New Delhi: The recent spot-fixing controversy in the Indian Premier League has put the focus back on regularising sports betting in the country.
Justice Mukul Mudgal, who is heading the IPL probe panel set-up by the Supreme Court, feels that legalising and regulating sports betting is the need of the hour. He said it would not only help detect fraud in sports but will also stop illegal transactions by the “underworld.” He gave several reasons to stress his point.
“India has a paradoxical situation. You can bet on the skill of a horse and its jockey but you cannot bet on the skills of let’s say Sachin Tendulkar or Sardar Singh,” said Mudgal at the FICCI seminar on ‘Regulating Sports Betting and Sports Law.’
“I would suggest that the government considers having a sports/gambling, sports betting and regulating Act and invite suggestions from public, on the moral front, ethical front and the practical front, and thereafter go ahead with the drafting.” He, however, said that while allowing sports betting in the country, the perceived threats toward the society should also be kept in mind.
“There are drawbacks and that is where a rethink is required. There is a threat towards children who get exposed and for the gambling addicts it can lead to destruction of families."
“Betting in sports or gambling Act would keep this factor in mind and provide some kind of a solution or some kind of protection so that the law is not misused.” Besides, the government can earn huge revenue which is not possible now because of the unauthorised betting, he said.
“Regulation by the government, if betting in sports is legalised, is essential. First is the revenue. In any other betting market the revenue is staggering. Today, betting in sports takes place in an unauthorised way or informal way and a lot of this money goes into funding the underworld and underworld activities. If all this is in white, that if it is regulated, lot of unaccounted money will come into taxable sector.”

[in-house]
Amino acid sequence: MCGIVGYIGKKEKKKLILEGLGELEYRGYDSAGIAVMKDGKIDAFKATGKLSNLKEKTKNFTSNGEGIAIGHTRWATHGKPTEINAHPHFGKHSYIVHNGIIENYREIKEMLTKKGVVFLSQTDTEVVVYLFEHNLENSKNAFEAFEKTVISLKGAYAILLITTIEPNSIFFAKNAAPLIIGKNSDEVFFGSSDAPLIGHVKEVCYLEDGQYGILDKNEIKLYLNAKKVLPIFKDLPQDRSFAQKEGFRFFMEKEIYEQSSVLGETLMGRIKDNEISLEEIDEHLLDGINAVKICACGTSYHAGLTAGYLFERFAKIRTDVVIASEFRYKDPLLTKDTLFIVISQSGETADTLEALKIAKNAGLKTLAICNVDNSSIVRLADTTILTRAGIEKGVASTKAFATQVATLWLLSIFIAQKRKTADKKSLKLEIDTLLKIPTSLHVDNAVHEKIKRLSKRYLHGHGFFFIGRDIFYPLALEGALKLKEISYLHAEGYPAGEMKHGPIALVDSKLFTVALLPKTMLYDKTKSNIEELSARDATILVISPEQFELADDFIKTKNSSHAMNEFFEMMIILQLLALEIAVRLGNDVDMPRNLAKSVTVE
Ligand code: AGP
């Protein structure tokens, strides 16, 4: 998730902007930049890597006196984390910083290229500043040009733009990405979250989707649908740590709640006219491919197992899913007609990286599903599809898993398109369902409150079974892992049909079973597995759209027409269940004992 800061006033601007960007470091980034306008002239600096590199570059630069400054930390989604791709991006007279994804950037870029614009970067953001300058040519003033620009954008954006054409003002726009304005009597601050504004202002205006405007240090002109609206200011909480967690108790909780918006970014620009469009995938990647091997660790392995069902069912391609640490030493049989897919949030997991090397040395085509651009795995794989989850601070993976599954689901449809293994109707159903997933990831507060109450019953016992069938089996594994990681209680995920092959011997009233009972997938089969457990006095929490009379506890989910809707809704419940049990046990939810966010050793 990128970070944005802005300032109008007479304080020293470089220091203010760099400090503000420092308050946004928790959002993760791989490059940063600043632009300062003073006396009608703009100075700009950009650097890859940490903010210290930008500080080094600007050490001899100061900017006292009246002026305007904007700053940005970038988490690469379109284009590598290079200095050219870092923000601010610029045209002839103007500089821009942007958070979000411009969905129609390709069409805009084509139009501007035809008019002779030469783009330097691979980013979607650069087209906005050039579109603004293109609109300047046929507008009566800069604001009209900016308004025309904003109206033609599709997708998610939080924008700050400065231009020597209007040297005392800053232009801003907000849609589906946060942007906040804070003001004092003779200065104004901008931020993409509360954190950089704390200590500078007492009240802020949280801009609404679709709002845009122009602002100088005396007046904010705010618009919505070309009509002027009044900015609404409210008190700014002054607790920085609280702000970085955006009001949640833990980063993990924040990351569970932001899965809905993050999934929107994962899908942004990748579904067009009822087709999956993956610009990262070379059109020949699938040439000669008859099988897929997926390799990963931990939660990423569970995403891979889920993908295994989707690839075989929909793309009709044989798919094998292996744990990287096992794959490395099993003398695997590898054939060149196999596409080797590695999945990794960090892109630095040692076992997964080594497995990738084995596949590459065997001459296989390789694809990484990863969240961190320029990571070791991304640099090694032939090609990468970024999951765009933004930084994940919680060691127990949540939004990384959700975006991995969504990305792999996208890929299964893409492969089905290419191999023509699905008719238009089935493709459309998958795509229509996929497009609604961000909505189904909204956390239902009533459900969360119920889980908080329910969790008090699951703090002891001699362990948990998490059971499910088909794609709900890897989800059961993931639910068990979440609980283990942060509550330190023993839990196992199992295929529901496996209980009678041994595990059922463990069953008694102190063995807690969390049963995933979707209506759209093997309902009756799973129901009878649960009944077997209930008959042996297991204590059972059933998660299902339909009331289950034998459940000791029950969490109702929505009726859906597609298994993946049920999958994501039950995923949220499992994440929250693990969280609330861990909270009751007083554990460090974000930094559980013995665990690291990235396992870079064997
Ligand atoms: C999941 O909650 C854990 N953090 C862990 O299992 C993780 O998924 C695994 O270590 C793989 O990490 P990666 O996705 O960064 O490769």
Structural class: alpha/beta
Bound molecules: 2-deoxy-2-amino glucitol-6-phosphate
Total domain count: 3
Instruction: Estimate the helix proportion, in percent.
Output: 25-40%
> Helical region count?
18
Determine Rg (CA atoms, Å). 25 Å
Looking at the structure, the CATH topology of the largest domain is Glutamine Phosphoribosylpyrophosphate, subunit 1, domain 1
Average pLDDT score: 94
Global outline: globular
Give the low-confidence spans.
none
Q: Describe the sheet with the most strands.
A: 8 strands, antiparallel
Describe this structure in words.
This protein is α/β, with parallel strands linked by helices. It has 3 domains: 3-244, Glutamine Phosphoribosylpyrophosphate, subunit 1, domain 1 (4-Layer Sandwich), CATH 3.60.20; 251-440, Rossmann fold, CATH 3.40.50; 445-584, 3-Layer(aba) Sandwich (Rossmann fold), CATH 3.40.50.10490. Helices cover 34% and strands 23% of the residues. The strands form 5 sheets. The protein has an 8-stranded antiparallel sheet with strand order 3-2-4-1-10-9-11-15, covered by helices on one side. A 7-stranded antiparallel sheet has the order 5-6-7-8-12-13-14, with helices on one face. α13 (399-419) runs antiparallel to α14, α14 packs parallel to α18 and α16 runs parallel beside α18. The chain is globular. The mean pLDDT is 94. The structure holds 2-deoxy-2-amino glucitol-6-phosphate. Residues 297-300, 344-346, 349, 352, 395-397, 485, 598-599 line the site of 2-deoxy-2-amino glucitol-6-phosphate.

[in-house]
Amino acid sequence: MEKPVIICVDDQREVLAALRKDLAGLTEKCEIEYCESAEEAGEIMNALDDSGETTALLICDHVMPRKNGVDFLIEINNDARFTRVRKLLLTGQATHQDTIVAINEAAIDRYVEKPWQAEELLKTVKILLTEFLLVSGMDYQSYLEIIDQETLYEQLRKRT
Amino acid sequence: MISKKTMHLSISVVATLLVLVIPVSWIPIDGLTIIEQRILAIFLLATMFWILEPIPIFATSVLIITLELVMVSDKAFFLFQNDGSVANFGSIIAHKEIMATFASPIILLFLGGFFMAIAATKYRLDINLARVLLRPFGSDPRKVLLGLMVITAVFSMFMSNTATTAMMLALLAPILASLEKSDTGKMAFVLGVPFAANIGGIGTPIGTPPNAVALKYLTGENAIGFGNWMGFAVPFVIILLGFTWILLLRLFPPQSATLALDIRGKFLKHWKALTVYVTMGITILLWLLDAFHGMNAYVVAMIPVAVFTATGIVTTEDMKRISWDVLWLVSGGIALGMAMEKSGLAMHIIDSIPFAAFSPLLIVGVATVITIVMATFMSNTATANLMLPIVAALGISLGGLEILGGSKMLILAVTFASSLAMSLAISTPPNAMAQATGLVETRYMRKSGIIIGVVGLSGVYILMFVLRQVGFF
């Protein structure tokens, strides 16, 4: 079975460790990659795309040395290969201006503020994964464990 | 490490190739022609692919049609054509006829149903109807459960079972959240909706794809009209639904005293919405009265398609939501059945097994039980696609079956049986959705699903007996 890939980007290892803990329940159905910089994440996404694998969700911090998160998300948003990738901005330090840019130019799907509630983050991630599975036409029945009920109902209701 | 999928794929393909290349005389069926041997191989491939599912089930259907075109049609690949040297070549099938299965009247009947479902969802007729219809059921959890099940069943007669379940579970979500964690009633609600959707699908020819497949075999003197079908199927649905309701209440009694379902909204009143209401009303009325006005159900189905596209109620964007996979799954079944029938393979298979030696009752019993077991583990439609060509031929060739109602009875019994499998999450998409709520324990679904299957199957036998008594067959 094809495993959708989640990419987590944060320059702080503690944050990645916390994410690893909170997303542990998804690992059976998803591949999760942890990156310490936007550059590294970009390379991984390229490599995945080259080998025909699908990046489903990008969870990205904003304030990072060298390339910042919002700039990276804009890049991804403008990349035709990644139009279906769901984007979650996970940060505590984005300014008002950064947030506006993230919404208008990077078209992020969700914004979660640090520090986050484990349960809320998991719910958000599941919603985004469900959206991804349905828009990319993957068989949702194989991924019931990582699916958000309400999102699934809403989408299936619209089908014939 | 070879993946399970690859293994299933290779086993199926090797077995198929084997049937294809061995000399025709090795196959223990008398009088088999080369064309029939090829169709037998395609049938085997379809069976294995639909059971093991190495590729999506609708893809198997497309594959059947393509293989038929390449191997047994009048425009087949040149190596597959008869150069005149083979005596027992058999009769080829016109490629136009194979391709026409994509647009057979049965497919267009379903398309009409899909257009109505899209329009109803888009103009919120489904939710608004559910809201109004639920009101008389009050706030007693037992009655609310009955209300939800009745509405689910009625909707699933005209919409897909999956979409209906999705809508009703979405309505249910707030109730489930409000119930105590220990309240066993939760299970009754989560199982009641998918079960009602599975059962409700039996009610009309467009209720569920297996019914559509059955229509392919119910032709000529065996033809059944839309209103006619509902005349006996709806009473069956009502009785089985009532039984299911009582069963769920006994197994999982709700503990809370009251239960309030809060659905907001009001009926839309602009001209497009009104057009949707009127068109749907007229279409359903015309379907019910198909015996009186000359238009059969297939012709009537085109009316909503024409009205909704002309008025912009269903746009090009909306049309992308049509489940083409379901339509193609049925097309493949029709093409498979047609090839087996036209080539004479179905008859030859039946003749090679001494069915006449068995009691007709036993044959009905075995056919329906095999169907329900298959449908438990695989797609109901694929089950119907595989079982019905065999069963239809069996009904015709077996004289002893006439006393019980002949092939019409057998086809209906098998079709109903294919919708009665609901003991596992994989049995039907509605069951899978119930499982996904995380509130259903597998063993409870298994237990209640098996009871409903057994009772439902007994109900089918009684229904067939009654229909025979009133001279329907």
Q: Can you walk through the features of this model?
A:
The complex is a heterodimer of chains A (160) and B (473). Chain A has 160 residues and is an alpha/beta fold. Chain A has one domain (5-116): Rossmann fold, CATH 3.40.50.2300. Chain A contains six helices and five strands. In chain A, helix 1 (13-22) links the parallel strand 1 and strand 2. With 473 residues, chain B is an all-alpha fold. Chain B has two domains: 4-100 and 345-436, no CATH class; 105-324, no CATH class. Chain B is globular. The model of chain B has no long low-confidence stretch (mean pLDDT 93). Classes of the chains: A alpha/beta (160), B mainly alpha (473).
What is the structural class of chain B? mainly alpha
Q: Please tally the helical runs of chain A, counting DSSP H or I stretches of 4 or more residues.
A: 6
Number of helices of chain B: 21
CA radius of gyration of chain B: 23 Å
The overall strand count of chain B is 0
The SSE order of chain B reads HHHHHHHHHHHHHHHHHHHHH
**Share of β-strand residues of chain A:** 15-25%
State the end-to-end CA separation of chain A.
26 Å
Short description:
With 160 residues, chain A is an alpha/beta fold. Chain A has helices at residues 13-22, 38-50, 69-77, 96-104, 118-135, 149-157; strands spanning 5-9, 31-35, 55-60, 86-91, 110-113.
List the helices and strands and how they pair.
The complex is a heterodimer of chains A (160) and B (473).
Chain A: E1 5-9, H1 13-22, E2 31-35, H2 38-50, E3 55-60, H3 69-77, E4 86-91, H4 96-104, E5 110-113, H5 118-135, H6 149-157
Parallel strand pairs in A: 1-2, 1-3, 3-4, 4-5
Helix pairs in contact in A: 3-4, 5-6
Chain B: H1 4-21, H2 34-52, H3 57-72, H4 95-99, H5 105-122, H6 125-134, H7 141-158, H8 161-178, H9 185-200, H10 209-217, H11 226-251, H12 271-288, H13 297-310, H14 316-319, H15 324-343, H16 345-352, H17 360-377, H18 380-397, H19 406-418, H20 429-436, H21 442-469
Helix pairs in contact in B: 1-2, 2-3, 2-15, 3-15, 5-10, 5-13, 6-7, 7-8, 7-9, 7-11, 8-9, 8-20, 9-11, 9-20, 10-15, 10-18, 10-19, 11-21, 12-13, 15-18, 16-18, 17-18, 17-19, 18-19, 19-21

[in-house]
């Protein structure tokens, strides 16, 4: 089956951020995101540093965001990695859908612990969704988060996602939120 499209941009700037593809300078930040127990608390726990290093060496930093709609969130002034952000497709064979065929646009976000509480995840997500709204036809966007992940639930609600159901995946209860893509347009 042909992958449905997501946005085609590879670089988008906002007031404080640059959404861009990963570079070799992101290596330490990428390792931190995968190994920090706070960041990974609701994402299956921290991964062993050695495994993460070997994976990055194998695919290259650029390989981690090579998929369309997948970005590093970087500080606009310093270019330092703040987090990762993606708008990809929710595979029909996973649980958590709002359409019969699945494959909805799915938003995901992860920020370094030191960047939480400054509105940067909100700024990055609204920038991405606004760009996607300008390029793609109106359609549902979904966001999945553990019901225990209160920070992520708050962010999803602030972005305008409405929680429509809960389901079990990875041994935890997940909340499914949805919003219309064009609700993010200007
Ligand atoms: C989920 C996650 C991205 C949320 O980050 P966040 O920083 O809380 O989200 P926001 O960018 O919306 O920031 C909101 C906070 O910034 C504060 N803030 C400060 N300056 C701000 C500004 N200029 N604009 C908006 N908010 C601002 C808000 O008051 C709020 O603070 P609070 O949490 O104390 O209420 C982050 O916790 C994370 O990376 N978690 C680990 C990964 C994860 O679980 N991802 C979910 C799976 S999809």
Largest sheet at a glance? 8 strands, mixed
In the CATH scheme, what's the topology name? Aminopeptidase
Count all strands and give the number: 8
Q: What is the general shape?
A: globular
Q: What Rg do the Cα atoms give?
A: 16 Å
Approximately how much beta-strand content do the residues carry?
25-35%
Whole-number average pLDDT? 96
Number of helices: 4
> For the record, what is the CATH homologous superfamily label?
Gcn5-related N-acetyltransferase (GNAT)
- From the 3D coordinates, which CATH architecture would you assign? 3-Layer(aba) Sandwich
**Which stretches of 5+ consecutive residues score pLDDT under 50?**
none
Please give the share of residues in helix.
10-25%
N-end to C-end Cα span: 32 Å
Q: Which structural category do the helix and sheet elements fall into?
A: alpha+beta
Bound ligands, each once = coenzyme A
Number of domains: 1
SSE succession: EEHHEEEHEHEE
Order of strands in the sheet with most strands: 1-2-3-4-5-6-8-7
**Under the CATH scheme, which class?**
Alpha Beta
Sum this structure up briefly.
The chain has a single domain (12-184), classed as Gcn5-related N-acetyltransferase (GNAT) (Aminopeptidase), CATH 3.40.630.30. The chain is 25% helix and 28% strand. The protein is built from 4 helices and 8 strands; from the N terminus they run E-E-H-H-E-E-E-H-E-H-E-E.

Mudgal said the integrity of sports is getting affected. “One of the biggest threats to sports integrity is sporting fraud — be it match fixing, spot-fixing, tanking, point shaving, amongst others.”
After the IPL controversy, the government is already mulling bringing a law to prevent dishonest practices in sports. “The government has taken into account a Bill which envisages punishment for these activities and similar legislations exist in Australia, South Africa, UK, France, Belgium, Spain, Brazil, among others."
Others in the panel were of similar view. Alex Ward, vice-president, Commonwealth Lawyers Association said: “The concern in Australia on gambling and betting results is less important than concerns on corruption, and match-ixing. India should think about legalising and regulating betting rather than preventing.”
KV Vishwanathan, additional Solicitor General of India, said: “There are pros and cons involved in legalising and regulating betting but the government should first set up an Independent Regulatory Commission which can study various aspects and come out with a solution keeping in mind the elimination of bookies.”
A Didar Singh, secretary general, FICCI, pointed out that globally funds from sports betting and gambling are being utilised to generate funds for good causes and it should happen in India too.